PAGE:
Born of Water and Spirit: The Baptist Impulse in Kentucky, 1776–1860 by Richard C. Traylor (review)
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Born of Water and Spirit: The Baptist Impulse in Kentucky, 1776–1860. By Richard C. Traylor. (Knoxville: University of Tennessee Press, 2015. Pp. ix, 278. $47.50 cloth)

While Born of Water and Spirit is a denominational history of the Kentucky Baptists, Richard Traylor’s study exceeds the boundaries of this genre thanks to his sensitivity and balance. The Baptists believed that the biblical church should be a democratic and fluid body, and this central concept—what Traylor calls the “Baptist impulse”—catalyzed the expansion of the movement and the fiery schisms within it in post-Revolutionary Kentucky (p. 7).

In the first half of the monograph, Traylor describes the Baptist impulse from several different perspectives. Chapter one describes how the Baptist Church cohered around the rituals of conversion, conversion narratives, baptism, and communion. These abstractions are made accessible through personal stories, such as the affecting tale of the spiritual journey and conversion of John Taylor, who would become a minister and Baptist leader. Chapter two dissects the dialectical relationship between the authority of Baptist leaders and the egalitarian churches that licensed them to preach. Chapter three underlines the central importance of the local Baptist church in a democratic and decentralized movement. There is some repetition in this half of the study, but Traylor’s insistent style and trenchant use of evidence make for a convincing picture of the dynamism and vitality of the Baptist impulse.

The second half of the monograph is excellent but somewhat less organized. In chapter four, for instance, Traylor exposes the subgroups and simmering disagreements churning within the movement. The biggest schisms were caused by Alexander Campbell’s anti-creedal reform movement, the push for refinement and the anti-institutionalist [End Page 475] reaction of the 1830s–1840s, and debates about Calvinism started by Andrew Fuller. While Traylor mentions all of these groups, he does not satisfactorily delineate or quantify the various factions in the bubbling cauldron of Baptist Kentucky. Traylor dedicates chapter five to the female Baptists of Kentucky. Critics have often cast the Baptists as obsessively patriarchal and suggested that antebellum church discipline was a tool to domesticate Baptist women. Traylor counters by showing the critical role that Kentucky women played in the Baptist impulse; far from being supine, these frontier women rejected more liberal religious alternatives and exerted a real influence on the churches that they attended, supported, and numerically dominated.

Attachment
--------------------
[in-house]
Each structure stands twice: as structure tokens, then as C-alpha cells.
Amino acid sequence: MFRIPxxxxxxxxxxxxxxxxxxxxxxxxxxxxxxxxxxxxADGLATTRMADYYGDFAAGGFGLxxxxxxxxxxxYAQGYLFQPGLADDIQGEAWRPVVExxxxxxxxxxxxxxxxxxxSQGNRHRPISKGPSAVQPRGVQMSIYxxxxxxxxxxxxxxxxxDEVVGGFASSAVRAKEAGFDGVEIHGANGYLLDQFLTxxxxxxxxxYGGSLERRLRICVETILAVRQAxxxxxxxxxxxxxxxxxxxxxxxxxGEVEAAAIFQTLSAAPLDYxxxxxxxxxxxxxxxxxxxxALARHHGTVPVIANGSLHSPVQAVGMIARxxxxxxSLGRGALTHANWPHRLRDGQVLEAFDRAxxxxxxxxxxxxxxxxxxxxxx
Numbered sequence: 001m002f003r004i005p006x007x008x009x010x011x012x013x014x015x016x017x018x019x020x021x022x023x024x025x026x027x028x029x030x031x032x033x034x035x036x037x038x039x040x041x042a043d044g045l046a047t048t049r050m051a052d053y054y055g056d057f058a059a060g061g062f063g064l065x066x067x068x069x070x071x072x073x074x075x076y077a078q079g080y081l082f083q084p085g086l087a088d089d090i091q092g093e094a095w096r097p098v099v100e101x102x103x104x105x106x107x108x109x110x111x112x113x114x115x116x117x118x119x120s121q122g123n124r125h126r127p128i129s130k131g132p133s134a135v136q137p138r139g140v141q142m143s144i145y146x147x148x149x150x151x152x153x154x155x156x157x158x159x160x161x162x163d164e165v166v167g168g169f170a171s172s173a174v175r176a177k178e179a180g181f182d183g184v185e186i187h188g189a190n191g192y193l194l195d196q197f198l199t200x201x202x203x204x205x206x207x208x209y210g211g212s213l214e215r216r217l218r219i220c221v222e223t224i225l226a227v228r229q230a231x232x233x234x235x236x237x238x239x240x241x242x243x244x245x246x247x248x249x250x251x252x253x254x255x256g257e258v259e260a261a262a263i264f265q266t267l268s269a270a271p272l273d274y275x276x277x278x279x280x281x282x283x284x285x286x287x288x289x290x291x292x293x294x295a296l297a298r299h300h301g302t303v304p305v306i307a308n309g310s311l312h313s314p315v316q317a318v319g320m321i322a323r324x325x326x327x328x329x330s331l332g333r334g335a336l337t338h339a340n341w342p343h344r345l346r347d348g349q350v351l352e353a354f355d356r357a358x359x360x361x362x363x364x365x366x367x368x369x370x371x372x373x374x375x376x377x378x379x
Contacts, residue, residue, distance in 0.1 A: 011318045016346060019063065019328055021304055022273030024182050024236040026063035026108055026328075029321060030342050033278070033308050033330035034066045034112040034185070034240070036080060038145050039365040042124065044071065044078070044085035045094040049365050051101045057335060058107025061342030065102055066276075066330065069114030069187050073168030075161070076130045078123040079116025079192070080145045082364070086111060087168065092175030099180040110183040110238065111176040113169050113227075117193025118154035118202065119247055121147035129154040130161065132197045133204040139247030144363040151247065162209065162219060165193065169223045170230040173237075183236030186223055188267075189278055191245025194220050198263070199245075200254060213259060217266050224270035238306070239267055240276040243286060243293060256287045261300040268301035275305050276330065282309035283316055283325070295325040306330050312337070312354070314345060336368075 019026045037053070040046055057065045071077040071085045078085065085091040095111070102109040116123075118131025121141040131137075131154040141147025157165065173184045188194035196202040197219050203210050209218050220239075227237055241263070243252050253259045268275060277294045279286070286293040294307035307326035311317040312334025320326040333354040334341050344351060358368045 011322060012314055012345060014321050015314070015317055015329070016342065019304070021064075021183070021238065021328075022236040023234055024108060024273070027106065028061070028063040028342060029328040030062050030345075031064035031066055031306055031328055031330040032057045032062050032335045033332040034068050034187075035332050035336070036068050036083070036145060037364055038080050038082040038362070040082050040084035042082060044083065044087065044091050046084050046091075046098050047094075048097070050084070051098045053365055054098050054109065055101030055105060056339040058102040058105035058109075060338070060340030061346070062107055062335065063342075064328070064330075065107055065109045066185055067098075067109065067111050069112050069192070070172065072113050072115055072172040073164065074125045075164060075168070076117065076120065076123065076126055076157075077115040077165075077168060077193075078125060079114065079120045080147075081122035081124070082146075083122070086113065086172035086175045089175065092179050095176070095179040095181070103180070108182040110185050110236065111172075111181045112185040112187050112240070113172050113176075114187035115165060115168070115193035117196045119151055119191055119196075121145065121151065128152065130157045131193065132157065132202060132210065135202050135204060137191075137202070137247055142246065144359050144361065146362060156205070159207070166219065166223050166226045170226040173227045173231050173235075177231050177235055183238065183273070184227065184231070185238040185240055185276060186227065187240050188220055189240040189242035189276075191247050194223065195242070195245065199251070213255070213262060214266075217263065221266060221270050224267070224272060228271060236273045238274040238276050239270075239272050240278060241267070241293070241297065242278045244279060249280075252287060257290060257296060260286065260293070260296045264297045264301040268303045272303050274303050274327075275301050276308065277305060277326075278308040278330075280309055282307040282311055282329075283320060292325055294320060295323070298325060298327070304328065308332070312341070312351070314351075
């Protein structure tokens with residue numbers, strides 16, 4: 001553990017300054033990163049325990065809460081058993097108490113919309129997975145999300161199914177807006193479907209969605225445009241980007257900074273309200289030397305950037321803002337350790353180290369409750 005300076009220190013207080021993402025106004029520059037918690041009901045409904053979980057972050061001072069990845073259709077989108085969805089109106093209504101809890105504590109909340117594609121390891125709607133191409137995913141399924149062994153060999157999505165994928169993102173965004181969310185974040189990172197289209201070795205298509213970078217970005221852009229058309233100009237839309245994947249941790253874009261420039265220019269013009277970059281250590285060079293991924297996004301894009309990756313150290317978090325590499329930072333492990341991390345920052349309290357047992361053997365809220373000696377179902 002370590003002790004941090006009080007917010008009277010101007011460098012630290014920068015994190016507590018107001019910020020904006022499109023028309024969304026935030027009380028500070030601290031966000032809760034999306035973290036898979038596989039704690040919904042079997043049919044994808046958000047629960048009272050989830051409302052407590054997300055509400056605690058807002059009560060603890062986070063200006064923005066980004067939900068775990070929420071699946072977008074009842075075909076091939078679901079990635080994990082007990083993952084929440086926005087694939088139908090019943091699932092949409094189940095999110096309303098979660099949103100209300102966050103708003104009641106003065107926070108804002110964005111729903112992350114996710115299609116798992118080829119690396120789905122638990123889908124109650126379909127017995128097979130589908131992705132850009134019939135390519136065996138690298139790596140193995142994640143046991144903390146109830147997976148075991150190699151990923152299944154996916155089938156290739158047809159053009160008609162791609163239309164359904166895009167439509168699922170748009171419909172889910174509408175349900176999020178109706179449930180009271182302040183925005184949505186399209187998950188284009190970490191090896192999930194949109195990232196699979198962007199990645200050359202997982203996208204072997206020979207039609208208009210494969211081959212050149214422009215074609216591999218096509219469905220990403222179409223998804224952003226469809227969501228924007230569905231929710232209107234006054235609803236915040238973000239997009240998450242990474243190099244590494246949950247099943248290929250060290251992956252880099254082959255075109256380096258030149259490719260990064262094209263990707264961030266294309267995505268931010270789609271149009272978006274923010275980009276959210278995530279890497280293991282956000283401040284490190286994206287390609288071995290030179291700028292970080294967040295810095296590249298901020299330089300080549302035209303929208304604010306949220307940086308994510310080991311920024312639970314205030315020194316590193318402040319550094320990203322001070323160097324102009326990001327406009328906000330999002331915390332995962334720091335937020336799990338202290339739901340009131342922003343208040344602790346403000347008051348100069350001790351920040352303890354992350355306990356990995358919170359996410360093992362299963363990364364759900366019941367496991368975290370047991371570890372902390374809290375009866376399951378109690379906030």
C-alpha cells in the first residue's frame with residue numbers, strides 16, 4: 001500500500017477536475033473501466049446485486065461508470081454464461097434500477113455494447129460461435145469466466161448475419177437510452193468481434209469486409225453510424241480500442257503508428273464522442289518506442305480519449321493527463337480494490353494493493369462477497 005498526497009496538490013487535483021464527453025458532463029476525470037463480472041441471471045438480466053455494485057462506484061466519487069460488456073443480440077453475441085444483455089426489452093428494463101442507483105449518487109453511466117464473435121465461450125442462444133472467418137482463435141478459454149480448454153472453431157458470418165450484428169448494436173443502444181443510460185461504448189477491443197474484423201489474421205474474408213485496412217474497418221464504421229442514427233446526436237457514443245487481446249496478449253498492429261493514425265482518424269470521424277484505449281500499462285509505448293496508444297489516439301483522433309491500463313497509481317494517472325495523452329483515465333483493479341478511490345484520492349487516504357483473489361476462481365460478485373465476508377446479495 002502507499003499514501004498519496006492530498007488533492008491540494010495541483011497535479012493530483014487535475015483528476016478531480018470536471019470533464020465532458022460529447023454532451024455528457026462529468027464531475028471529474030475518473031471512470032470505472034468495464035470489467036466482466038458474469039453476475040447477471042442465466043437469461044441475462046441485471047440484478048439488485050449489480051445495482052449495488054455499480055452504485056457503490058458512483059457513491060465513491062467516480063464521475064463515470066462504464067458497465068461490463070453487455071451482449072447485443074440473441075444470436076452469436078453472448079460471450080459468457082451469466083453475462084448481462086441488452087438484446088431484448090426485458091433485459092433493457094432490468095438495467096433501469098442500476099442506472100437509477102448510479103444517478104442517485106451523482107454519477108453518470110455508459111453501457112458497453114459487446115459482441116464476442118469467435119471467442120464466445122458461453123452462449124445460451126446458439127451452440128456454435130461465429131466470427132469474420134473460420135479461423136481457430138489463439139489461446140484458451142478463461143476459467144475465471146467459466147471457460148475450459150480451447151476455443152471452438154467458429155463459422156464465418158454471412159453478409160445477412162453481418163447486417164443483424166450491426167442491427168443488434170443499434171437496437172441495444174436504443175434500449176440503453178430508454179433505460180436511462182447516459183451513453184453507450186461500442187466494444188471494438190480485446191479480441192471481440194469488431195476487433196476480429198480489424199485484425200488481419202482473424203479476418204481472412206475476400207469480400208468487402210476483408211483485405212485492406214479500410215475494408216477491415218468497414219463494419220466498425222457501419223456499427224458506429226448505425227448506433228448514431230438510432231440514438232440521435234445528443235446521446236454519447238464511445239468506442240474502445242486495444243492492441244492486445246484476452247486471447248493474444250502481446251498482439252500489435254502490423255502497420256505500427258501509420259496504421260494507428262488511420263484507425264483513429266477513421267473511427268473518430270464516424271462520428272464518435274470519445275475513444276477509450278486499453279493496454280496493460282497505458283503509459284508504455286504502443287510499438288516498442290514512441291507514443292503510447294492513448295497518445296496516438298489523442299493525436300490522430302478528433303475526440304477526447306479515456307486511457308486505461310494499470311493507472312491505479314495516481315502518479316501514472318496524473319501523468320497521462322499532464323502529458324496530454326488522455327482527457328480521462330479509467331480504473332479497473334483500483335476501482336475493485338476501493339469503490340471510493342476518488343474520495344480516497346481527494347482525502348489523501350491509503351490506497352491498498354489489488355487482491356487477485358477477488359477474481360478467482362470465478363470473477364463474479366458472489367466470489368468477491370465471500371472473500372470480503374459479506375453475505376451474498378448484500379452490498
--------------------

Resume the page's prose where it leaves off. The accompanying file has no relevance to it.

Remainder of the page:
Chapter six describes how many African Americans—both enslaved and free—embraced the Baptist faith. Black Baptists were subordinated to white authorities, and their congregations rarely had much independence. Traylor argues that historians must take black Baptists seriously, as they worked tenaciously to spread their faith, even while chafing under racial restrictions and exclusions.

Born of Water and Spirit closes with chapter seven, covering the Baptist impulse from the 1840s to the Civil War. Traylor charts the rise of Landmarkism and explains how this thread of Baptist thought proliferated. Unfortunately, the chapter covers little else, and the reader emerges with the feeling that the Baptist impulse after the 1840s shrank to an insular club of ministers arguing about Landmarkism.

This monograph has much to recommend it, but there is a central problem in Traylor’s methodology. The “Baptist impulse” concept allows Traylor to link disparate elements of the movement together, but he does not establish a consistent limiting principle. Campbell’s Restoration movement, for instance, was birthed from the Baptist impulse, and his movement retained the same democratic, fluid, and localist ethos even after Campbell exited the Baptist fold. Although Restorationism matches the Baptist impulse rubric, Traylor drops Campbell and Barton Stone from the narrative after their unification in 1830. This reviewer suspects that the Restorationist movement was the fruit of the anti-creedal and primitivist factions of the Baptist [End Page 476] impulse. Does Traylor exclude Restorationism because he considers it something categorically different from the Baptist impulse? He does not say, and the Restoration movement is noticeably absent from even the index.

Traylor also avoids delving into the great black box of southern religious history, anti-missionism. Despite the many disagreements amongst Baptists in the South, anti-institutionalists, anti-creedalists, anti-Calvinists, and...